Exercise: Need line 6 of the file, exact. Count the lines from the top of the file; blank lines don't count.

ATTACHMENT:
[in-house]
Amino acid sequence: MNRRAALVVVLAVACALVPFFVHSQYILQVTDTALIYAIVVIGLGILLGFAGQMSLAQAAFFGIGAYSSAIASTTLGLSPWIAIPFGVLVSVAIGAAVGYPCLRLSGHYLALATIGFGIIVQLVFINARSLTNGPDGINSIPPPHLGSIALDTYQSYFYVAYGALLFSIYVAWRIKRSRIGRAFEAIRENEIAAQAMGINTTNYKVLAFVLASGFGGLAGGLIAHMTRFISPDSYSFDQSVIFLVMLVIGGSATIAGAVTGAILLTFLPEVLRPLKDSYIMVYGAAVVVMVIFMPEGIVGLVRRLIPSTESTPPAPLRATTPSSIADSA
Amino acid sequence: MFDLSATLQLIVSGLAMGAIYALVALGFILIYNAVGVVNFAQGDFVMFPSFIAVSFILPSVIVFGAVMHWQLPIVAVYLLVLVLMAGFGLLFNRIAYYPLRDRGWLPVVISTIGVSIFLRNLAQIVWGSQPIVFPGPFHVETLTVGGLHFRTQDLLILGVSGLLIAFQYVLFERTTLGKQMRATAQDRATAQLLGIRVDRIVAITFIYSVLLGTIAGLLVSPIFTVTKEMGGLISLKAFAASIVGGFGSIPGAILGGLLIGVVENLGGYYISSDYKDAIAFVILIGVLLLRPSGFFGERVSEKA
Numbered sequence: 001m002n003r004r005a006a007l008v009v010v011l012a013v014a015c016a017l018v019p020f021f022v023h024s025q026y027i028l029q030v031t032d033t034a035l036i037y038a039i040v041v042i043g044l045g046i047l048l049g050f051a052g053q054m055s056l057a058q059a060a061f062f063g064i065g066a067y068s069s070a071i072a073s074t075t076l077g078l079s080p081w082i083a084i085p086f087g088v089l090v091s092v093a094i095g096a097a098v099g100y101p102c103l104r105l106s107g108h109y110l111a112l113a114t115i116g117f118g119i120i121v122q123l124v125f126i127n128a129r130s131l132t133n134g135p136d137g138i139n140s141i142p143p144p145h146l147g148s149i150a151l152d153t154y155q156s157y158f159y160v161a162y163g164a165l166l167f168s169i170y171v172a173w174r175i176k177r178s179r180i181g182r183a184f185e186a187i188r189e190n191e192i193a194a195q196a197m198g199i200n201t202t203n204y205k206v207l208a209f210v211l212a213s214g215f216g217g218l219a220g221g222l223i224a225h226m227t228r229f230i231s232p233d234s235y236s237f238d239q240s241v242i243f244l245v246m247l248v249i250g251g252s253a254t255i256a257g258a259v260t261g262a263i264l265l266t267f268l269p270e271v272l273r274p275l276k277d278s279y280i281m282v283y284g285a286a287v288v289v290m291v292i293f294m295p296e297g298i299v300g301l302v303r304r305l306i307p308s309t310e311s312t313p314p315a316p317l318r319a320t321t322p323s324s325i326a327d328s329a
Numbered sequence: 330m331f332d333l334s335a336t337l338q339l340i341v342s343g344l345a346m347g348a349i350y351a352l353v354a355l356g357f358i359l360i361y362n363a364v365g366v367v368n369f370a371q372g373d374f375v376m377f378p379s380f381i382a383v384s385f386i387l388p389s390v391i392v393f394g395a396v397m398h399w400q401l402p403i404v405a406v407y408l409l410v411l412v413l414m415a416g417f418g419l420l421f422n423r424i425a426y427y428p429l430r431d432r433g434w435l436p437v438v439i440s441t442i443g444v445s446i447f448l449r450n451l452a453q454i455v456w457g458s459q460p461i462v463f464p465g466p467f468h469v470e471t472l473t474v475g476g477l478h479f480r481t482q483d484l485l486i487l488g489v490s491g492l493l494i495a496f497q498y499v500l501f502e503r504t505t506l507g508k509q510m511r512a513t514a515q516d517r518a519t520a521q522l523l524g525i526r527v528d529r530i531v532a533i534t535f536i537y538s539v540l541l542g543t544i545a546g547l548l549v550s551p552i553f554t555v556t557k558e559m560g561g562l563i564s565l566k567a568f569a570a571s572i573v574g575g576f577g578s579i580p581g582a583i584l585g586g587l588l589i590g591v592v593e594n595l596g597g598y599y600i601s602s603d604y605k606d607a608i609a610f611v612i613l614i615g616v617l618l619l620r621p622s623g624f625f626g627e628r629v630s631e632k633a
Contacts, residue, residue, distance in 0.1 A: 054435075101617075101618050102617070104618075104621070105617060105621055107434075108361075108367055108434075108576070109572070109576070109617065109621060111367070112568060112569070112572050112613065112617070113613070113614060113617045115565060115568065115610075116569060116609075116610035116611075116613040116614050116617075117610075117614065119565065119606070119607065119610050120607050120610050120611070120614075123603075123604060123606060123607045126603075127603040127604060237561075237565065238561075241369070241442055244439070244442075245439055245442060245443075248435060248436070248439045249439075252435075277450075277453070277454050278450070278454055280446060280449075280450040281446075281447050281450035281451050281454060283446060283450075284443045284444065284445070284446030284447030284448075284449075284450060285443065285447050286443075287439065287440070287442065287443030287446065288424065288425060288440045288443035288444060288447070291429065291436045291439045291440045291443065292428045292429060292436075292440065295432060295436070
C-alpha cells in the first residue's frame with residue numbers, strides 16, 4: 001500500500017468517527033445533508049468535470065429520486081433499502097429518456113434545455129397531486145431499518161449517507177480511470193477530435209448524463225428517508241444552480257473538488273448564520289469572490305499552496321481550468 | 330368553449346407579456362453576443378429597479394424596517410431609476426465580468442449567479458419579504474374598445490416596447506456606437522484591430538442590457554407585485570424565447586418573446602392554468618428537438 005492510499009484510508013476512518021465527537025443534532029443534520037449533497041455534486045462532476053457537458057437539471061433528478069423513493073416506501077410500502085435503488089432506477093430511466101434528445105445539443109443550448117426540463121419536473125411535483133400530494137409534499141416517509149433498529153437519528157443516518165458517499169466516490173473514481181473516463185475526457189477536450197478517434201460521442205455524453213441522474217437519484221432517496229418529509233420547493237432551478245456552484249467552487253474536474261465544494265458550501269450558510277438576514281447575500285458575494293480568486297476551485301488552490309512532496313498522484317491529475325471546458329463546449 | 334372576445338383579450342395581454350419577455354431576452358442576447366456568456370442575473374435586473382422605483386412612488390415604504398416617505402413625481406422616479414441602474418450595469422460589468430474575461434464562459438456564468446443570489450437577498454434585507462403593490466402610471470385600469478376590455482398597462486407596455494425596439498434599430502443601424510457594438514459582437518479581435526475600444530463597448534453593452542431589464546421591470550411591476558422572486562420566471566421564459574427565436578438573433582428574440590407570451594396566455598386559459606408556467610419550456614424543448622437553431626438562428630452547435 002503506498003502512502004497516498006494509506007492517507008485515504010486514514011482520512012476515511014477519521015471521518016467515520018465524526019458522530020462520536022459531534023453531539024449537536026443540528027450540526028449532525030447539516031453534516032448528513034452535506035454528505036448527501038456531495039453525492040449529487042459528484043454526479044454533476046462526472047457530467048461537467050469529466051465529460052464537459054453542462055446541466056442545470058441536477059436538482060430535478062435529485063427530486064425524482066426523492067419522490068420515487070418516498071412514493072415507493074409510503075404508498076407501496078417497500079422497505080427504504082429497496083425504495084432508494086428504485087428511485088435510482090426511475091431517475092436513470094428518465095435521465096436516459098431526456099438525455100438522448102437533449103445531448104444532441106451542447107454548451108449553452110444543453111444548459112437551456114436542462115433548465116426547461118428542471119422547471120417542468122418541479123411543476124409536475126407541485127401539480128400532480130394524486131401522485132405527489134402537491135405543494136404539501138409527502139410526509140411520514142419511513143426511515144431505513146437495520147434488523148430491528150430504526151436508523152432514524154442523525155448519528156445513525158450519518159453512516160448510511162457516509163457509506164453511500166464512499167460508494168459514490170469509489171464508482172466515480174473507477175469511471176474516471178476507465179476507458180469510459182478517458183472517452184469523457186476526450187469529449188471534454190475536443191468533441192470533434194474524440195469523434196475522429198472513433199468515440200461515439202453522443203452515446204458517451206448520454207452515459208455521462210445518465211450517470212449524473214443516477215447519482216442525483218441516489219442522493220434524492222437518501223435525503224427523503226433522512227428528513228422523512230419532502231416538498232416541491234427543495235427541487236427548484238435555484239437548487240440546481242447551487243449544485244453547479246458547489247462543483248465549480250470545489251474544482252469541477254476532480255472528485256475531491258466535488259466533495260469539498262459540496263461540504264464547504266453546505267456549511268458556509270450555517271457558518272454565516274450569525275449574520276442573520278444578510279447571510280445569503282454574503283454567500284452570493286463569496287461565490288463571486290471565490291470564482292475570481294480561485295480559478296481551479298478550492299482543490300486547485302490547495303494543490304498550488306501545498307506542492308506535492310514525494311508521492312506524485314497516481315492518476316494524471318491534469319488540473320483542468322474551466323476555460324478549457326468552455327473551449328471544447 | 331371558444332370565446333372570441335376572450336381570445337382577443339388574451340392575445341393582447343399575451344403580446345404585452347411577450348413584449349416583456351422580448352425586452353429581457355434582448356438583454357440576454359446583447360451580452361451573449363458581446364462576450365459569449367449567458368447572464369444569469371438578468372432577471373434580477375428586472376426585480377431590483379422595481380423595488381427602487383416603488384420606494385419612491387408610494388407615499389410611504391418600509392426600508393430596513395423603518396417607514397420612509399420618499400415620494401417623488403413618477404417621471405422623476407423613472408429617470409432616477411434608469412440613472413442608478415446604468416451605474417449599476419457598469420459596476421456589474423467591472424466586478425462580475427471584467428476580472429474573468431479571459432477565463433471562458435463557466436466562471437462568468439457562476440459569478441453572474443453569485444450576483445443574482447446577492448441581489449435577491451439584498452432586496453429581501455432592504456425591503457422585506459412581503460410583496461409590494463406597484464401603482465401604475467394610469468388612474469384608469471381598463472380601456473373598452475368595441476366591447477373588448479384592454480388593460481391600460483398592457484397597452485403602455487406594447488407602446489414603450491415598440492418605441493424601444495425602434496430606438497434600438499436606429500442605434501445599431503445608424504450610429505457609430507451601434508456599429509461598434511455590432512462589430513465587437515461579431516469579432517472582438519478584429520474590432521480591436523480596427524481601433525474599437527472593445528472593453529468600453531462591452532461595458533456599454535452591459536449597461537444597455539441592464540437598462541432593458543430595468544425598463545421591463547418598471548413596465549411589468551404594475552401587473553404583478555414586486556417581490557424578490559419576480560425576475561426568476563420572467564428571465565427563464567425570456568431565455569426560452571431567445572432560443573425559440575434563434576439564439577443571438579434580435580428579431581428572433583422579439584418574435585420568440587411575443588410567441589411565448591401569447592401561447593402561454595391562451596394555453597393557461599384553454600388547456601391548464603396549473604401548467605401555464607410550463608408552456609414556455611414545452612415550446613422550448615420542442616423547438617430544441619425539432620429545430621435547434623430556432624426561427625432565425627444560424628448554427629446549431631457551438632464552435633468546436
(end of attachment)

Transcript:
Contacts, residue, residue, distance in 0.1 A: 054435075101617075101618050102617070104618075104621070105617060105621055107434075108361075108367055108434075108576070109572070109576070109617065109621060111367070112568060112569070112572050112613065112617070113613070113614060113617045115565060115568065115610075116569060116609075116610035116611075116613040116614050116617075117610075117614065119565065119606070119607065119610050120607050120610050120611070120614075123603075123604060123606060123607045126603075127603040127604060237561075237565065238561075241369070241442055244439070244442075245439055245442060245443075248435060248436070248439045249439075252435075277450075277453070277454050278450070278454055280446060280449075280450040281446075281447050281450035281451050281454060283446060283450075284443045284444065284445070284446030284447030284448075284449075284450060285443065285447050286443075287439065287440070287442065287443030287446065288424065288425060288440045288443035288444060288447070291429065291436045291439045291440045291443065292428045292429060292436075292440065295432060295436070